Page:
Upon the southern slope of one of those barren hills that rise abruptly here and there in the desolate expanse of the Landes, in South-western France, stood, in the reign of Louis XIII, a gentleman's residence, such as abound in Gascony, and which the country people dignify by the name of chateau.
Two tall towers, with extinguisher tops, mounted guard at the angles of the mansion, and gave it rather a feudal air. The deep grooves upon its facade betrayed the former existence of a draw-bridge, rendered unnecessary now by the filling up of the moat, while the towers were draped for more than half their height with a most luxuriant growth of ivy, whose deep, rich green contrasted happily with the ancient gray walls.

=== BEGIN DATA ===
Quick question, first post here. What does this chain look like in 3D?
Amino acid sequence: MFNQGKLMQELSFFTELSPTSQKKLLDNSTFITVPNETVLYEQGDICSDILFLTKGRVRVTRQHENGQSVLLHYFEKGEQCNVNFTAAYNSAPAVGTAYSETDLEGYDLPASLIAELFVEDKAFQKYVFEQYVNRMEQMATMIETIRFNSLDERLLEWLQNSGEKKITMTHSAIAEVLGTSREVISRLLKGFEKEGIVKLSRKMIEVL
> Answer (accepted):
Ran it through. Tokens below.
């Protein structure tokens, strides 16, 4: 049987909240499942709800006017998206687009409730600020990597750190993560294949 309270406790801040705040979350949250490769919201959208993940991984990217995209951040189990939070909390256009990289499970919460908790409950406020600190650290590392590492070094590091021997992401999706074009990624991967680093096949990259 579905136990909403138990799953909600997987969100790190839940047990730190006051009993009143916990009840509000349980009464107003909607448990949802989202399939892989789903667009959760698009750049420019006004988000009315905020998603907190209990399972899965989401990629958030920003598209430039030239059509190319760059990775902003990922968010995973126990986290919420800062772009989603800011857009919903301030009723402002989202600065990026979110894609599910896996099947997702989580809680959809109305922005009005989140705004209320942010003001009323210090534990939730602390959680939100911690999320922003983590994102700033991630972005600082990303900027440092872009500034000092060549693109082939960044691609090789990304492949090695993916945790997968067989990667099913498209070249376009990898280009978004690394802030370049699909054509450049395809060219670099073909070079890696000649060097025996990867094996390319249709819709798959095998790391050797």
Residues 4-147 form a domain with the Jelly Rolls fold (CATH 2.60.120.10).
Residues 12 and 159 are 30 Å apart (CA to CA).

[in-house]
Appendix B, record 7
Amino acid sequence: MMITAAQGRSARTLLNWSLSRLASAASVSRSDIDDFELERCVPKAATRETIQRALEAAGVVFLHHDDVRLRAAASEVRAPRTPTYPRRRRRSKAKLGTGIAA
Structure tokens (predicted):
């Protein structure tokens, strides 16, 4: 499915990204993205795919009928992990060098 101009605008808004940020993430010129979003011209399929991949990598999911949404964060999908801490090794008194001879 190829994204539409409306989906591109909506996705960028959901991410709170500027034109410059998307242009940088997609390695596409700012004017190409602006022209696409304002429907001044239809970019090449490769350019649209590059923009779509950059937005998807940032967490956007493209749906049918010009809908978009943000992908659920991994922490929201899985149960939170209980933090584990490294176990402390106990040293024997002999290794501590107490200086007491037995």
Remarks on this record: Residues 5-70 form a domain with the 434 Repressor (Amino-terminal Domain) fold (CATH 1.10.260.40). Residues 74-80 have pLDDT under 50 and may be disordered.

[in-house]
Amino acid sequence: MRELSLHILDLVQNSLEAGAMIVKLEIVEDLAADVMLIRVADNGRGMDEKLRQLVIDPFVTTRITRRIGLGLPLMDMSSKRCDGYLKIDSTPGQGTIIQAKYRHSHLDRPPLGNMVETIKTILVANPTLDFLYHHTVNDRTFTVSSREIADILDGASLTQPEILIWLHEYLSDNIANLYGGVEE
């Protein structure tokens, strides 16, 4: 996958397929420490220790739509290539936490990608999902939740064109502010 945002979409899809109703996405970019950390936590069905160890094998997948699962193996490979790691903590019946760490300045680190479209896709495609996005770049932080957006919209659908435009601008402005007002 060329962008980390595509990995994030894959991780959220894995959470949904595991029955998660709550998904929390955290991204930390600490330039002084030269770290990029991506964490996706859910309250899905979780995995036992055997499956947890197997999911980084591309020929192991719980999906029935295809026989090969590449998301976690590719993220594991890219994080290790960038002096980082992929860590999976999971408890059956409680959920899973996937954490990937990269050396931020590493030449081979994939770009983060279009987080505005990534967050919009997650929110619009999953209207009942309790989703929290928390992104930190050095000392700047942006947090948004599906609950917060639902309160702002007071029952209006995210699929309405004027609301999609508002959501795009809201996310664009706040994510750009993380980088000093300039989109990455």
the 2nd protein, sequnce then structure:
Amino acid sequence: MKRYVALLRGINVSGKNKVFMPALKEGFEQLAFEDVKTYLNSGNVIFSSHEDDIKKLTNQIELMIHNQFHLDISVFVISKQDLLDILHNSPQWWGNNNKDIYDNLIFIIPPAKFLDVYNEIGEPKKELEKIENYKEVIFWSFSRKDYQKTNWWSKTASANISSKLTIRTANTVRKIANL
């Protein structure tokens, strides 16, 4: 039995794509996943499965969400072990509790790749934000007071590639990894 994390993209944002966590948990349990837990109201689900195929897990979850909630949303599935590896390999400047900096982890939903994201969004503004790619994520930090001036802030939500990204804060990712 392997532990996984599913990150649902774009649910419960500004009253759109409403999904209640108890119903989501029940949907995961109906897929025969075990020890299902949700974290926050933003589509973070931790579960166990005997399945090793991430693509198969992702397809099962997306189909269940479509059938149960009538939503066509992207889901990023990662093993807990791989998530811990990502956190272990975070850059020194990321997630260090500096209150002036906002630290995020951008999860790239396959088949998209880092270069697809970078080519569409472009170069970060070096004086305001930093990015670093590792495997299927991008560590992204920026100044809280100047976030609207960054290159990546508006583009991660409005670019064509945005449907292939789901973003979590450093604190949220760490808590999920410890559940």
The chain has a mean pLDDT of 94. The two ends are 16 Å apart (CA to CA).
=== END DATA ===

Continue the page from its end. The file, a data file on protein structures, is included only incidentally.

A traveller, seeing from afar the steep pointed roof and lofty towers standing out against the sky, above the furze and heather that crowned the hill-top, would have pronounced it a rather imposing chateau—the residence probably of some provincial magnate; but as he drew near would have quickly found reason to change his opinion. The road which led to it from the highway was entirely overgrown with moss and weeds, save a narrow pathway in the centre, though two deep ruts, full of water, and inhabited by a numerous family of frogs, bore mute witness to the fact that carriages had once passed that way.